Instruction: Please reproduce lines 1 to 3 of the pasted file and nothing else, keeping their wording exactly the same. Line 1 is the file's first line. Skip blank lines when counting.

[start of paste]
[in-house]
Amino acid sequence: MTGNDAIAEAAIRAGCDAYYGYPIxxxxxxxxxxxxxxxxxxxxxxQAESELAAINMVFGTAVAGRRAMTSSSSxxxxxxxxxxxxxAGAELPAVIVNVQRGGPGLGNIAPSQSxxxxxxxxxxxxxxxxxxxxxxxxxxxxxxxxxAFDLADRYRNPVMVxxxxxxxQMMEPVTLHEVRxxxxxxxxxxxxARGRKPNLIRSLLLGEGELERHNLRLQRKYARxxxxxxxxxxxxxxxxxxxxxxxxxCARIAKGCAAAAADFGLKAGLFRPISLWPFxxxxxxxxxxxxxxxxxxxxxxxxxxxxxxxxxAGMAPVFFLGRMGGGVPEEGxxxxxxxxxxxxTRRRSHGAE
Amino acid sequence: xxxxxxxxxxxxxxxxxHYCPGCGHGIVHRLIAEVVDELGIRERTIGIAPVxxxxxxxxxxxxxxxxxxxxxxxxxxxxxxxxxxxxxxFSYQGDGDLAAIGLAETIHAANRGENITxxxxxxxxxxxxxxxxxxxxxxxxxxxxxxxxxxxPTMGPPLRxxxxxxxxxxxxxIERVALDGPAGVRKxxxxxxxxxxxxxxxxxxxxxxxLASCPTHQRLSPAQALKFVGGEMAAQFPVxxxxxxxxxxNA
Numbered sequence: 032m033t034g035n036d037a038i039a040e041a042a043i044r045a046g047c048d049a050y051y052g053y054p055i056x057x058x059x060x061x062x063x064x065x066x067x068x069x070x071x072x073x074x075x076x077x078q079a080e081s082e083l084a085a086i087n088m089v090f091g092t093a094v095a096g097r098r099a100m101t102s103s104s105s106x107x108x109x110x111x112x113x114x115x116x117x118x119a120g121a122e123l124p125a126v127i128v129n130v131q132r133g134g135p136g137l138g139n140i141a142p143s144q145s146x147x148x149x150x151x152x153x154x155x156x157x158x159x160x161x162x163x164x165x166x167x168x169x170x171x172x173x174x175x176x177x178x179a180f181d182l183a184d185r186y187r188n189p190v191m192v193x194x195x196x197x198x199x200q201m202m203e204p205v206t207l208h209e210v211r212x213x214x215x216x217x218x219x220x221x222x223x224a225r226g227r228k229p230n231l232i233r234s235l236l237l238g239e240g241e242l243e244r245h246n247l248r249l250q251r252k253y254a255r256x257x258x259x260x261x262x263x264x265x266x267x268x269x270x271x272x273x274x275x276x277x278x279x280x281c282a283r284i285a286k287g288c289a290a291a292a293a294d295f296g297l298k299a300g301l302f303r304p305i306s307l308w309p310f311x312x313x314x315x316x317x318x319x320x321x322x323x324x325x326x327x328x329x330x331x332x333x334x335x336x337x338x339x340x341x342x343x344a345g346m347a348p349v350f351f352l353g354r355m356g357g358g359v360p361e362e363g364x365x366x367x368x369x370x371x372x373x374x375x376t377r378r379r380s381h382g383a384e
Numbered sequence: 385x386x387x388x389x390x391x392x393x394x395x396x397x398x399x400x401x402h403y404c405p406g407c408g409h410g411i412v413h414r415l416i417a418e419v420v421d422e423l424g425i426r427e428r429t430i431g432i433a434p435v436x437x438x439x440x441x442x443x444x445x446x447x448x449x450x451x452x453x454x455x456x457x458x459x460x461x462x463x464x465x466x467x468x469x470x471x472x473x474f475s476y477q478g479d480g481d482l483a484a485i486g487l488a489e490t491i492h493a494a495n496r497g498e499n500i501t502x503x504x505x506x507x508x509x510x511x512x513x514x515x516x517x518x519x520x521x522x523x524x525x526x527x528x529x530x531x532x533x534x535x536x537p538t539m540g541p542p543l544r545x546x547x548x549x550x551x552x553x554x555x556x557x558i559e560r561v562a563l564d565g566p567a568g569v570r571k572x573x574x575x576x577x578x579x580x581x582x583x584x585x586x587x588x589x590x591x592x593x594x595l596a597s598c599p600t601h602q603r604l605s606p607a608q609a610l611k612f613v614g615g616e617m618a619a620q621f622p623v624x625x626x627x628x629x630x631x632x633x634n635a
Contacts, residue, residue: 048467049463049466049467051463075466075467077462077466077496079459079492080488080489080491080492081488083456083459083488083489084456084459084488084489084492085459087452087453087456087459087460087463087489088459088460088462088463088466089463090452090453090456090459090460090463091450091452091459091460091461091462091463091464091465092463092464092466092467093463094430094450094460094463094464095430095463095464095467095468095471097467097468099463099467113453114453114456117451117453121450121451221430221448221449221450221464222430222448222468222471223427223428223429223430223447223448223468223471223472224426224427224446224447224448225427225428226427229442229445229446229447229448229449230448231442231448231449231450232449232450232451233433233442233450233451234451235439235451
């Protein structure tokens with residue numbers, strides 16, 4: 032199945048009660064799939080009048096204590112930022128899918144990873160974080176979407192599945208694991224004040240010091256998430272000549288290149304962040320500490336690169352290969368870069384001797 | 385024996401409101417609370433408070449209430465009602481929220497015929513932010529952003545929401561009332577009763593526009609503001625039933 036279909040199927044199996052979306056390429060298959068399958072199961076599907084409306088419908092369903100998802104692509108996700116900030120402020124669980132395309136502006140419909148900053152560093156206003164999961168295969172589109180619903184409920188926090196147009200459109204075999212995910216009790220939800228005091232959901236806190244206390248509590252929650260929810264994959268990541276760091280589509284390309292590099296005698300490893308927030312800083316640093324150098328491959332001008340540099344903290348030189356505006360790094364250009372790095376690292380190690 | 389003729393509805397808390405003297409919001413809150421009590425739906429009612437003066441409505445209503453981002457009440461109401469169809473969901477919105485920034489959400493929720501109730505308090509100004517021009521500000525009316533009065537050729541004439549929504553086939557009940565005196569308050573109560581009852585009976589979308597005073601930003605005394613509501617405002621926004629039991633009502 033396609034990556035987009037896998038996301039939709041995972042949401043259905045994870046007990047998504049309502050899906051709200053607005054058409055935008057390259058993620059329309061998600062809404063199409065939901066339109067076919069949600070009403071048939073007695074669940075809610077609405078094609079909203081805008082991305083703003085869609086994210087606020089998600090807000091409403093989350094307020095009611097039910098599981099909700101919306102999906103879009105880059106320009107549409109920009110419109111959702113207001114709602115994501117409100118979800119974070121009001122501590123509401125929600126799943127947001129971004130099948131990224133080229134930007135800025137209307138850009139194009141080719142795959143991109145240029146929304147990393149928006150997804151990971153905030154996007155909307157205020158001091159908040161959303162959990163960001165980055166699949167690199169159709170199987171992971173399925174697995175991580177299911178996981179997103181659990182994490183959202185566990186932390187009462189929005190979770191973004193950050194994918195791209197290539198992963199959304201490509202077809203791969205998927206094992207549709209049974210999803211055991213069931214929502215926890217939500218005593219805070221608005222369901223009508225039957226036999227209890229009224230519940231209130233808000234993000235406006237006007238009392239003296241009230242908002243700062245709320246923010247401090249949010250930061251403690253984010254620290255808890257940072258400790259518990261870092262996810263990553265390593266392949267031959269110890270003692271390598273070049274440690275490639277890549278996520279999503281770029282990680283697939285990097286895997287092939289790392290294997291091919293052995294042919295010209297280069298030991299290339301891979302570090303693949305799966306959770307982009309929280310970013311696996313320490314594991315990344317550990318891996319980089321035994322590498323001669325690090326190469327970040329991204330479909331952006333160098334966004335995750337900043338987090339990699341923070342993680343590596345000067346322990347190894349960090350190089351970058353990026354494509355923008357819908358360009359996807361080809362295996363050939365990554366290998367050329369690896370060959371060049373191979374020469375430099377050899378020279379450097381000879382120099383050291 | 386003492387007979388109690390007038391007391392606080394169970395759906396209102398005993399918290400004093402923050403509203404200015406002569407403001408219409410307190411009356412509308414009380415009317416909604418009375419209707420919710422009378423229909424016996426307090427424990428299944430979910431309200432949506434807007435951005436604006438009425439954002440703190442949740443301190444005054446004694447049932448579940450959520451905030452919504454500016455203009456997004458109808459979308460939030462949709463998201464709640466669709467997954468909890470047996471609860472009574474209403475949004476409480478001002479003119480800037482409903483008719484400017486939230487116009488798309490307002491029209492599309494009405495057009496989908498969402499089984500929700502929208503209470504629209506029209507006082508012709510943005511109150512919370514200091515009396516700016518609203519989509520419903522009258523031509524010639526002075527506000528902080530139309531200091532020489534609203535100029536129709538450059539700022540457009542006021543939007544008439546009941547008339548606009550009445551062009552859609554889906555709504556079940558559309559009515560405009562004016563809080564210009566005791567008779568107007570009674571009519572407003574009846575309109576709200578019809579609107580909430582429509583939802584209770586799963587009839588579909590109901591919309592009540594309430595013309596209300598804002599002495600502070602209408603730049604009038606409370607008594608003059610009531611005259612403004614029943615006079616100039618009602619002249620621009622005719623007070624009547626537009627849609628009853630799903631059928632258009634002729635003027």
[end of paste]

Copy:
[in-house]
Amino acid sequence: MTGNDAIAEAAIRAGCDAYYGYPIxxxxxxxxxxxxxxxxxxxxxxQAESELAAINMVFGTAVAGRRAMTSSSSxxxxxxxxxxxxxAGAELPAVIVNVQRGGPGLGNIAPSQSxxxxxxxxxxxxxxxxxxxxxxxxxxxxxxxxxAFDLADRYRNPVMVxxxxxxxQMMEPVTLHEVRxxxxxxxxxxxxARGRKPNLIRSLLLGEGELERHNLRLQRKYARxxxxxxxxxxxxxxxxxxxxxxxxxCARIAKGCAAAAADFGLKAGLFRPISLWPFxxxxxxxxxxxxxxxxxxxxxxxxxxxxxxxxxAGMAPVFFLGRMGGGVPEEGxxxxxxxxxxxxTRRRSHGAE
Amino acid sequence: xxxxxxxxxxxxxxxxxHYCPGCGHGIVHRLIAEVVDELGIRERTIGIAPVxxxxxxxxxxxxxxxxxxxxxxxxxxxxxxxxxxxxxxFSYQGDGDLAAIGLAETIHAANRGENITxxxxxxxxxxxxxxxxxxxxxxxxxxxxxxxxxxxPTMGPPLRxxxxxxxxxxxxxIERVALDGPAGVRKxxxxxxxxxxxxxxxxxxxxxxxLASCPTHQRLSPAQALKFVGGEMAAQFPVxxxxxxxxxxNA